Marquis of Granby's March (1)
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MARQUIS OF GRANBY'S MARCH . AKA - "1st Troop of Horse Grenadier's March." AKA and see "Lord Carmarthen's March." English, Air and March (4/4 time). D Major. Standard tuning (fiddle). AABB. A very popular fife march that appears in a great many music tutors, country dance collections, and musicians' manuscripts on both sides of the Atlantic (for listing see EASMES ) from just prior to the American War of Independence through beginning of the 19th century. Early printings of the march (which dates from around 1760) can be found in Charles and Samuel Thompson's Compleat Tutor for the Fife (London, 1770), the Thompson's Thirty Favorite Marches, Book 2 (London, 1770, p. 4), and Longman, Lukey & Co.'s Compleat Instructions for the Fife (London, 1770). Simplified and set as a song of praise, "Marquis of Granby's March" was published in London c. 1765, and begins:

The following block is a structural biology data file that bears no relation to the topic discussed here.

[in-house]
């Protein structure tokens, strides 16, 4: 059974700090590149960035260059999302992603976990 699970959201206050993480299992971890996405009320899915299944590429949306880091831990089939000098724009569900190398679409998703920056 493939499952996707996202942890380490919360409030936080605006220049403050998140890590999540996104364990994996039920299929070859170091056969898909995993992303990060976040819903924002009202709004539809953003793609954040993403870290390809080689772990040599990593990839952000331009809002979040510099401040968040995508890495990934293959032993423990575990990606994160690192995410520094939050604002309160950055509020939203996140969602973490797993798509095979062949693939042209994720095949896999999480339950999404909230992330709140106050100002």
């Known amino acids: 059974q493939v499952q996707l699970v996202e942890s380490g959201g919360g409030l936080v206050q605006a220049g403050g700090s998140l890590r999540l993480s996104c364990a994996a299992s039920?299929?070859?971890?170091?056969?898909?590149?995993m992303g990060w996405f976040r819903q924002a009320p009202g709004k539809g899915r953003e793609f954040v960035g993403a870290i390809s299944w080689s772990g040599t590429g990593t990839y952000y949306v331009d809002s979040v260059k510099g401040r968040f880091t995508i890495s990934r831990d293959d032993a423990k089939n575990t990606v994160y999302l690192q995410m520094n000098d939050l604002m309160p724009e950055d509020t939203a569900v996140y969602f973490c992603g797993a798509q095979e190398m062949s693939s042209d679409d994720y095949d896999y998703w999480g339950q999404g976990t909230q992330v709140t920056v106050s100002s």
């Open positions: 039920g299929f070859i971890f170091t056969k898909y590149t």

To arms, to arms, to arms, my jolly grenadier,
For more on John Manners (1721-1770), Marquis of Granby, see Marquis of Granby (The).
Curiously, the march was printed twice in Charles and Samuel Thompson's Compleat Tutor for the Fife (1760), once as "Marquis of Granby's March" (p. 19) and again as "Lord Carmarthen's March" (p. 31).
An unusual performance of the melody was noted in London's Universal Magazine (1808, p. 448):
Mr. Hall, of the City Road, having purchased several of the natural curiosities that belonged to Sir Ashton Lever's Museum, his exhibition now consists of several hundred stuffed birds, beasts, insects, and reptiles, in the highest state of preservation. In one case, a pair of goldfinches are exhibited, billing and cooing,--a bullfinch singing "Life let us cherish,"--a starling singing the "Marquis of Granby's March,"-- and a thrush his wild notes, besides a canary bird, &c.
See also a different march tune with the same title: "Marquis of Granby's March (2)."
Source for notated version:
Printed sources: Johnson (A Further Collection of Dances, Marches, Minuetts and Duetts of the Latter 18th Century), 1998; p. 6.